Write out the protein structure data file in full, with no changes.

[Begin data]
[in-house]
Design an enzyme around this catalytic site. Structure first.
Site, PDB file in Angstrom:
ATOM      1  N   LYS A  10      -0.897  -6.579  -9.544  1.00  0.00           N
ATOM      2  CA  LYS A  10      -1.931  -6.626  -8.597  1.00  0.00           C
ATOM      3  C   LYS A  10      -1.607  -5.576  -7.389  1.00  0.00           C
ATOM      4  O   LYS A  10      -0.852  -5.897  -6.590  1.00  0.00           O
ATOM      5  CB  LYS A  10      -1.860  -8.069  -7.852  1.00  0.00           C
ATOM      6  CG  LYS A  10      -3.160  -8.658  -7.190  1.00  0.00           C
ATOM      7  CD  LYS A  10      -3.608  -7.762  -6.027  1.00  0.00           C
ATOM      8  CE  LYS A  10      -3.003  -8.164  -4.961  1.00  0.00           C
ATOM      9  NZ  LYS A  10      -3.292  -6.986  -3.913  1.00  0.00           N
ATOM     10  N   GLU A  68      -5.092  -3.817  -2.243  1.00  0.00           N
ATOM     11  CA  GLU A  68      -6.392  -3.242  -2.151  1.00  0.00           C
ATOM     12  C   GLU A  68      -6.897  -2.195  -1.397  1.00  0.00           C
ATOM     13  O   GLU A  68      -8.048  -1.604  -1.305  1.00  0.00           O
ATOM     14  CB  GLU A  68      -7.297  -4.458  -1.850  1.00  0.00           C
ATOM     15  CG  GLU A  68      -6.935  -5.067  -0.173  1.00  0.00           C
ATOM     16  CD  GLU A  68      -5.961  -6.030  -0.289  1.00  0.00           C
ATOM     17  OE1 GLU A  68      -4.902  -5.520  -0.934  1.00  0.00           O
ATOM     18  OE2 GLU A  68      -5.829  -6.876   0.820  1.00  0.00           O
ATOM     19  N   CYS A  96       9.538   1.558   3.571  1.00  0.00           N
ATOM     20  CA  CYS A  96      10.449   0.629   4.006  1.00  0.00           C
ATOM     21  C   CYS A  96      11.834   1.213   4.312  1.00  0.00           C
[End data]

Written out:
[in-house]
Design an enzyme around this catalytic site. Structure first.
Site, PDB file in Angstrom:
ATOM      1  N   LYS A  10      -0.897  -6.579  -9.544  1.00  0.00           N
ATOM      2  CA  LYS A  10      -1.931  -6.626  -8.597  1.00  0.00           C
ATOM      3  C   LYS A  10      -1.607  -5.576  -7.389  1.00  0.00           C
ATOM      4  O   LYS A  10      -0.852  -5.897  -6.590  1.00  0.00           O
ATOM      5  CB  LYS A  10      -1.860  -8.069  -7.852  1.00  0.00           C
ATOM      6  CG  LYS A  10      -3.160  -8.658  -7.190  1.00  0.00           C
ATOM      7  CD  LYS A  10      -3.608  -7.762  -6.027  1.00  0.00           C
ATOM      8  CE  LYS A  10      -3.003  -8.164  -4.961  1.00  0.00           C
ATOM      9  NZ  LYS A  10      -3.292  -6.986  -3.913  1.00  0.00           N
ATOM     10  N   GLU A  68      -5.092  -3.817  -2.243  1.00  0.00           N
ATOM     11  CA  GLU A  68      -6.392  -3.242  -2.151  1.00  0.00           C
ATOM     12  C   GLU A  68      -6.897  -2.195  -1.397  1.00  0.00           C
ATOM     13  O   GLU A  68      -8.048  -1.604  -1.305  1.00  0.00           O
ATOM     14  CB  GLU A  68      -7.297  -4.458  -1.850  1.00  0.00           C
ATOM     15  CG  GLU A  68      -6.935  -5.067  -0.173  1.00  0.00           C
ATOM     16  CD  GLU A  68      -5.961  -6.030  -0.289  1.00  0.00           C
ATOM     17  OE1 GLU A  68      -4.902  -5.520  -0.934  1.00  0.00           O
ATOM     18  OE2 GLU A  68      -5.829  -6.876   0.820  1.00  0.00           O
ATOM     19  N   CYS A  96       9.538   1.558   3.571  1.00  0.00           N
ATOM     20  CA  CYS A  96      10.449   0.629   4.006  1.00  0.00           C
ATOM     21  C   CYS A  96      11.834   1.213   4.312  1.00  0.00           C